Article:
Uncles Mariel and Marvin Jones have played basketball professionally.

"There's a heavy weight on your shoulder for being a boy in the family and not being a professional athlete of some sort," Jones said. 

Jones’ professional journey began when Sporting Kansas City selected him in the second round of the 2011 MLS supplemental draft. He didn't stick but signed with the New York Red Bulls later that year. Jones made his debut in a 2-1 win over FC New York in the Lamar Hunt U.S. Open Cup. He also was included in the squad for the 2011 Emirates Cup, though he did not play against Paris Saint-Germain and Arsenal. 

Still, it was an education and a half, given the resume of his teammates - French great Thierry Henry, Mexican international Rafa Marquez and future U.S. men's national team defender Tim Ream of St. Louis. 

"It was a masterpiece," he said. “I was involved with an all-star game every training session. The energy was insane. Even if I didn't play one game, just being there to learn and being around them in the locker room was insane."

Jones learned a lesson when he stole the ball from Henri during an intrasquad game.

"I got really excited when I did it," he said. "I was so nonchalant on giving the ball up quickly. He came after me. He tackled me. I was about to pass the ball. It was a very humbling thing like, 'Hey, you're a rookie, settle down.' That was an amazing experience." 

Henri was in a different orbit than most players.

"He's such an awesome person," Jones said. "Every loss that we took, just the passion and hearing his voice. I just I really valued that."

Wanting to spread his wings, Jones received his release from the Red Bulls and signed with FC Hjorring of the Danish first division for the 2012-13 season.

"Going overseas and playing, that's a whole other dream," he said.

Denmark, however, didn't exactly turn out on what Jones expected. He signed a four-year contract but lasted one season.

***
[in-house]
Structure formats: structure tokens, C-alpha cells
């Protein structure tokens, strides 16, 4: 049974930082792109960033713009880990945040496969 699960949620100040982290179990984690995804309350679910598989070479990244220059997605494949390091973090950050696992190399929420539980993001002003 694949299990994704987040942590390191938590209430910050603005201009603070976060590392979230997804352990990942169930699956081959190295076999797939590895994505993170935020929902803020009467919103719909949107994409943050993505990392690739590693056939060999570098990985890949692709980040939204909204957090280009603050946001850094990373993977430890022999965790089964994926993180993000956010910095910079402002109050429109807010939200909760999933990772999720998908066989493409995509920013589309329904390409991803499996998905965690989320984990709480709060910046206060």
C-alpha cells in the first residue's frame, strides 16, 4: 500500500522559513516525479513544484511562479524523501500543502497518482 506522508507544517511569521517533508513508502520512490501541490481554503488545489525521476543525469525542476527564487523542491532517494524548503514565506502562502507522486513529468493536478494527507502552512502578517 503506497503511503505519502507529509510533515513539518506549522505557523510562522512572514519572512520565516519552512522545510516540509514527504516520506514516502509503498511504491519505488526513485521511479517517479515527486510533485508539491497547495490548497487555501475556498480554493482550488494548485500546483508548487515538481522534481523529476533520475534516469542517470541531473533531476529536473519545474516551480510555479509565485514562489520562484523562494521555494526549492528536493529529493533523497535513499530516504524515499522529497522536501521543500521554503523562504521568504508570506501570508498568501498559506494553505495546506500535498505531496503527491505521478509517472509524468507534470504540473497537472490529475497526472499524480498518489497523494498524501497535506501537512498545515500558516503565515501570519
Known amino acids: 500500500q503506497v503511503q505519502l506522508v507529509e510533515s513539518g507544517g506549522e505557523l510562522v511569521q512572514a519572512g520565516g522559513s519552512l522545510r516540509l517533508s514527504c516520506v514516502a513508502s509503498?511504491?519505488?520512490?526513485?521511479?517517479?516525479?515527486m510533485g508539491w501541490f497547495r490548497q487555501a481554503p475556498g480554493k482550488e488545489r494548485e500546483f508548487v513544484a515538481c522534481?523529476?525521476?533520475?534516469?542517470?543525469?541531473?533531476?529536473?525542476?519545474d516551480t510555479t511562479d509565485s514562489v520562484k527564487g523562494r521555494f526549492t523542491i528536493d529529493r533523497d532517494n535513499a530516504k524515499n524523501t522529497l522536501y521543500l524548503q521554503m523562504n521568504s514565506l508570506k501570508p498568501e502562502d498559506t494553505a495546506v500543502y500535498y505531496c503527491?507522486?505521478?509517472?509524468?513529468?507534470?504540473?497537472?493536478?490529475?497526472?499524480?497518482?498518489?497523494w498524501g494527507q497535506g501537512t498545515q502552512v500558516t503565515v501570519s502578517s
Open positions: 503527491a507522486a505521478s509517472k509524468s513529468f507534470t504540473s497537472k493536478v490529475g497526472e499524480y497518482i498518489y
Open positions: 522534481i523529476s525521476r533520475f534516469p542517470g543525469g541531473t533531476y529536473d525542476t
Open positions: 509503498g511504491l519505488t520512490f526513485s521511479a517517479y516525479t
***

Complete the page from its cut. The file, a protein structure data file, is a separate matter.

"I got really burnt out from it," he said. "Over in Europe, it's a whole different type of dedication. There's offense practice, defense practice. There are special teams. There are corners. We take a break and go back again for another session for two hours. You take a break, and you go back in for another session. It's non-stop and having that experience for you was just insane."

Jones returned to the states. In 2014, his wife at the time sent a video email of Jones to the Sidekicks. They liked what they saw and called him in. Jones stuck and played with the team – under another legend – head coach Tatu - through the 2018-19 campaign, the Mesquite Outlaws for a year before returning to Dallas this season.

With three games remaining in the regular season, the Sidekicks (10-10-1, 30 points) are close to clinching a playoff spot. They host the Milwaukee Wave (7-12-1, 22) on Thursday night and the Ontario Fury (9-10-2, 28) on Saturday night.

Dallas began the season with three consecutive defeats before firing its coach. The Sidekicks quickly rebounded. 

"This franchise has a lot of history," he said. "We have we have an opportunity to extend that history. We put that on our shoulders, and we carry that weight this year. Just being in the playoffs is something that we humbly would love."

Competing in the postseason is one thing, making a statement is another.

"There's a lot of great clubs out there," Jones said. "It's really crazy because this year seems like the league is a bit more even just because there's amazing players on every team. We just feel like this year this is this is our year. Our job is just to make the best of it. Having the thought of making playoffs is amazing. We don't want to just make the playoffs. Winning a game in the playoffs [is]. We wear this on our shoulders." 

It certainly wouldn't be surprising if Jones blocks a few more shots along the way.


Michael Lewis, the editor of, can be followed on Twitter at @SoccerWriter. He can be reached via email at His book Alive and Kicking: The incredible, but true story of the Rochester Lancers, recently was published. It can be purchased at